Apple season can last all winter | Locavore Cooking | Indy Week
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This dessert is a standby for me. Not too heavy, nor complicated, it's devoured warm from the oven and leftovers are eaten for breakfast (no more sugar than homemade granola).

Apple season can last all winter 

Enduring treats

Apples are everywhere at the farmers' markets right now. Along with pumpkins and Indian corn, this fruit symbolizes our romantic ideals of harvest season and reaping what we sow, with good reason. Apples can be stored through the winter in a cool, dry, dark place for as long as they last before you eat them. That's good news for those of us trying our best to eat local and do it with joy and flavor.

Let's assume we're lucky enough to have a couple of bushels in a dehumidified closet of a spare bedroom. What can you do with that many apples, without growing sick to death of them before spring brings us strawberries? Besides frying, stewing or baking apples to serve alongside pork, loading them into the cavity of a roasting chicken, simmering them into applesauce, dicing them into sage-and-cornbread stuffing for turkey, there's always dessert!

Savor the flavor off-season

Over-wintering fresh apples is possible if you monitor air temperatures and moisture. Because we have humidity and mildew problems in the South, this can be tricky to accomplish, but it's worth a try. The idea is to keep apples at 30 to 40 degrees, with humidity between 80 and 90 percent. (Winter squash and onions can stand it warmer but need lower humidity: 50 to 55 degrees, and 60 to 70 percent humidity). Check stored apples weekly to see if any are rotting, and remove them before they infect the whole bushel. This is true even if you're storing them in a spare fridge in your garage. One bad apple spoils the whole bunch!

Who doesn't love apple pie? Your mother's or your lover's or bought from a favorite baker. Apple tart, double-crust American pie, apple crumble, crisp and cobbler. There are as many ways to love an apple-based sweet as there are names for it. The following dessert is a standby for me. Not too heavy, nor complicated, it's devoured warm from the oven and leftovers are eaten for breakfast (no more sugar than homemade granola). It has the added bonus of filling the house, as it bakes, with its comforting apple-cinnamon-oatmeal-cookie smell.

The topping for Apple Crisp might be called a "crumble" in some parts of the country. In the Amish cookbook from which I have adapted it, it's called "crunch topping" and recommended for use with one quart sweetened, slightly thickened fruit—most likely fruit that has been put up in quart canning or freezer jars (which might need thickening after unsealing or defrosting) or through drying. My husband Jim tells the story of his grandmother, born at the end of the 19th century, threading apple slices onto string as you would cranberries for yuletide, and hanging them to dry (as herbs do) in the attic bedrooms of the farmhouse she shared with his other grandmother. Grandmother would cut down slices as needed to make fried apple pies all the way into spring. These days, we're more likely to use a dehydrator and seal them into Ziplocs for the deep freeze, but the intention remains the same: to preserve what's in season for the off-season, and to make good on the fullness of harvest.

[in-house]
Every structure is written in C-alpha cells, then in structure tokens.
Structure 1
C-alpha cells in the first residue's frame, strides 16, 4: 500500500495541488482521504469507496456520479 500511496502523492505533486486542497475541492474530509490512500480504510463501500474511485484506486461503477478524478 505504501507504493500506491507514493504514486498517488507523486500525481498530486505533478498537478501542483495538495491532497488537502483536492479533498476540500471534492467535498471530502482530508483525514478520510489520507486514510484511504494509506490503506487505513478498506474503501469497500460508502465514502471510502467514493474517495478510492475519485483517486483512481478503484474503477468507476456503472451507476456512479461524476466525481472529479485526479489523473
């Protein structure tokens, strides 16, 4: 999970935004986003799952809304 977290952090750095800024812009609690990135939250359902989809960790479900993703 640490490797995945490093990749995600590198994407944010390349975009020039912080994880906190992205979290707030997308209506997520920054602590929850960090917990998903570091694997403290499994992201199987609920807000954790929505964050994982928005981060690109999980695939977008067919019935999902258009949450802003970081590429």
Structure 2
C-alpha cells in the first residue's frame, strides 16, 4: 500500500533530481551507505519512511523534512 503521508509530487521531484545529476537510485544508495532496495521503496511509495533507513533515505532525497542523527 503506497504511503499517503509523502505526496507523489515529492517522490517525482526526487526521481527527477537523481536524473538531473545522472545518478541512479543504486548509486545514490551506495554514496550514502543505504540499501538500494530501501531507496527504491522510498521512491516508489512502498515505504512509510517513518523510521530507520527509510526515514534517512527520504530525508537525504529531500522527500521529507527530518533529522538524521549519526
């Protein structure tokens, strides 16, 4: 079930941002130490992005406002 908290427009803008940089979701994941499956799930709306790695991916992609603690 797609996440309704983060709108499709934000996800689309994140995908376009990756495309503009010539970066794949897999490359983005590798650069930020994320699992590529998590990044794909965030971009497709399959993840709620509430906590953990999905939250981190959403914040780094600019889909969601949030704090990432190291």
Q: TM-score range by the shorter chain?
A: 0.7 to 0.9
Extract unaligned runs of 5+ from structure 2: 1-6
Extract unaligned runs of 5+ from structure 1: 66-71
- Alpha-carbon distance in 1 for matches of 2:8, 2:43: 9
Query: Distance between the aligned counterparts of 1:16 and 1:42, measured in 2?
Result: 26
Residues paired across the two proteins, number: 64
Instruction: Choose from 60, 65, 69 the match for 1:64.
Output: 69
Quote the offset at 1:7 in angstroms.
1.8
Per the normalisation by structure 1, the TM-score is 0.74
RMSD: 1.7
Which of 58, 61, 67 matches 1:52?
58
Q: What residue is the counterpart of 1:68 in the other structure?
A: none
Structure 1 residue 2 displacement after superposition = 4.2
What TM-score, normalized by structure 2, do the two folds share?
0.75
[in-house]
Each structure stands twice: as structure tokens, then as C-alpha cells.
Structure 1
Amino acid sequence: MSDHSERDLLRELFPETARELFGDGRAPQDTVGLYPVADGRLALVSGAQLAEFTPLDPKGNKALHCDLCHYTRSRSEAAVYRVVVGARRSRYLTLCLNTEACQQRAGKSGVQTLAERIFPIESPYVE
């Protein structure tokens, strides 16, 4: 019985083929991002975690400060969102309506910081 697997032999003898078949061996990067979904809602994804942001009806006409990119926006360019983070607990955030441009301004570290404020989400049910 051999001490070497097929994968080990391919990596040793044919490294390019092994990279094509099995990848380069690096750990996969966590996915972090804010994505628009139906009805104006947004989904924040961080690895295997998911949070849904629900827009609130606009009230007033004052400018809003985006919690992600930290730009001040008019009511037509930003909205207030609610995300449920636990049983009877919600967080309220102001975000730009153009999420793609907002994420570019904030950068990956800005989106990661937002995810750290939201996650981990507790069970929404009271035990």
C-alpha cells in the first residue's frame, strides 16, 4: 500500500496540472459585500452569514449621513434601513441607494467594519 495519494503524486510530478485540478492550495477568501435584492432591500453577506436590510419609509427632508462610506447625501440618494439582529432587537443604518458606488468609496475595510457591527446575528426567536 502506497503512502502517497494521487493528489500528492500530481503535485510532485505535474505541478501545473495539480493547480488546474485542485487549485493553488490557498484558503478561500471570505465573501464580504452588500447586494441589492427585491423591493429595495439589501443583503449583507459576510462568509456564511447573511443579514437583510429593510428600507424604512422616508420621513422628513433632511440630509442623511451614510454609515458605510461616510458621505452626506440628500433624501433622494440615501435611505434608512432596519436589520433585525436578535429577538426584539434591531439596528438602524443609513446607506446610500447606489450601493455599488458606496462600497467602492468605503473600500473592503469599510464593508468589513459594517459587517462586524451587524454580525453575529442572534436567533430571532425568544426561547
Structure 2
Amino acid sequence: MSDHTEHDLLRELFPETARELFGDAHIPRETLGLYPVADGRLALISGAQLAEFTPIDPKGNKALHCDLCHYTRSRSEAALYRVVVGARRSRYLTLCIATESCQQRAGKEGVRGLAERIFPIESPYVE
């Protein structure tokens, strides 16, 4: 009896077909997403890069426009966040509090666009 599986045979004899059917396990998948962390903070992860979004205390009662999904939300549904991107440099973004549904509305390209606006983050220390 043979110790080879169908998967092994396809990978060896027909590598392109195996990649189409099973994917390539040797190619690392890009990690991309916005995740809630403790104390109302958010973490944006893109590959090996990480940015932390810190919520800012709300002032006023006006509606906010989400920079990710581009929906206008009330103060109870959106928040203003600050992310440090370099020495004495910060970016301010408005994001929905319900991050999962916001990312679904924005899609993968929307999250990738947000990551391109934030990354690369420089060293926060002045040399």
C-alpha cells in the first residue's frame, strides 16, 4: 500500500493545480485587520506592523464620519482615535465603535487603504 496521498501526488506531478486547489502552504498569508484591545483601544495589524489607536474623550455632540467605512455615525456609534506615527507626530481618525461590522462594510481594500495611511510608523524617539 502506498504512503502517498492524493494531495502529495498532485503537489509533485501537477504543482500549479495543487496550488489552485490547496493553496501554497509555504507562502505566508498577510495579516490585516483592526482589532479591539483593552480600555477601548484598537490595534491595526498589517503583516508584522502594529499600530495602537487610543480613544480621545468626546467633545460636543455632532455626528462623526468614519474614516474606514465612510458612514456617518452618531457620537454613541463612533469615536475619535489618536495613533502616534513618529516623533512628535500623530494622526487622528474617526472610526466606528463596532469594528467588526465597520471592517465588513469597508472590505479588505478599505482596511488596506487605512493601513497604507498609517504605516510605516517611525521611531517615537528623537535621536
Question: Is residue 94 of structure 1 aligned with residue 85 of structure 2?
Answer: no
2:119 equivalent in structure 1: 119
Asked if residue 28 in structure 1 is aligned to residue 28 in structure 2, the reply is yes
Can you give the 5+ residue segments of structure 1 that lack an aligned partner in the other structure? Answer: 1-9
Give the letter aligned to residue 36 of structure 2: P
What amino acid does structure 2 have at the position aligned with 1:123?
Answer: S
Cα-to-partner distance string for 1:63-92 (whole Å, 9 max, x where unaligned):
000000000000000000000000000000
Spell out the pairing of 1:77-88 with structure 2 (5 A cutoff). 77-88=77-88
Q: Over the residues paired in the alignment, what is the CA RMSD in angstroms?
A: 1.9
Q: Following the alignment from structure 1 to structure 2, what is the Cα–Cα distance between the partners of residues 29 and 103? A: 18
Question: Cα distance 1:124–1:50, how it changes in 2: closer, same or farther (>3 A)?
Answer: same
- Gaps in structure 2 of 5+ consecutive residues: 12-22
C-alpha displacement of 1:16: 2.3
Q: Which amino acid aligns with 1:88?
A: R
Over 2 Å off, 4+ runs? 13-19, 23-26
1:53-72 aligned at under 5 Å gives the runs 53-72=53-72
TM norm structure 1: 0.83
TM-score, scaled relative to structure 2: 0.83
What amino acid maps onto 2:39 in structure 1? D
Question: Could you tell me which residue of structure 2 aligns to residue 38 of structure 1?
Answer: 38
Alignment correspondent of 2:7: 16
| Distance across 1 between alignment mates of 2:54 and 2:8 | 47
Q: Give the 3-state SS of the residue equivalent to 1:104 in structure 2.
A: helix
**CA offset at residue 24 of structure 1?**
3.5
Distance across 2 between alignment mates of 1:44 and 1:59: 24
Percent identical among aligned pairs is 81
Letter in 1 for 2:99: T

Standby Apple Crisp

TOPPING
5 cups oatmeal
2 1/2 cups brown sugar (turbinado is good)
5 cups whole wheat pastry or white all-purpose flour
1 1/2 teaspoons baking powder
1 1/2 teaspoons baking soda
1/2 teaspoon salt

This recipe makes enough topping for at least six batches. Blend with your hands to distribute the elements and freeze in airtight containers to keep handy for quick use of fresh or frozen apples, pears, plums, peaches, blueberries or a combination.

FILLING
5 to 7 medium apples (between the size of a baseball and a softball), peeled, cored and sliced into eighths
1/4 to 1/2 cup brown sugar (according to taste and apples' tartness)
2 tablespoons flour
2 tablespoons cinnamon
1/2 cup plus 2 tablespoons butter

Mix sugar, flour and cinnamon and toss with apples. Spread in a buttered baking dish and dot with two tablespoons of butter. Blend 3 cups of topping mixture with 1/2 cup of butter until mixture resembles crumbs. Sprinkle evenly over apple filling. Bake at 350 degrees for 35 to 45 minutes until apples are soft and topping is the color of cookies. Serve warm with whipped cream. Alternatively, you can use a cast iron (or other ovenproof) skillet and simmer the filling on the stove for 15 minutes before covering with topping and baking for 15 minutes at 400 degrees.

If you are using dried apples, reconstitute them with 1 quart water for each 1 pound of dried fruit and simmer for 20 to 30 minutes before proceeding.

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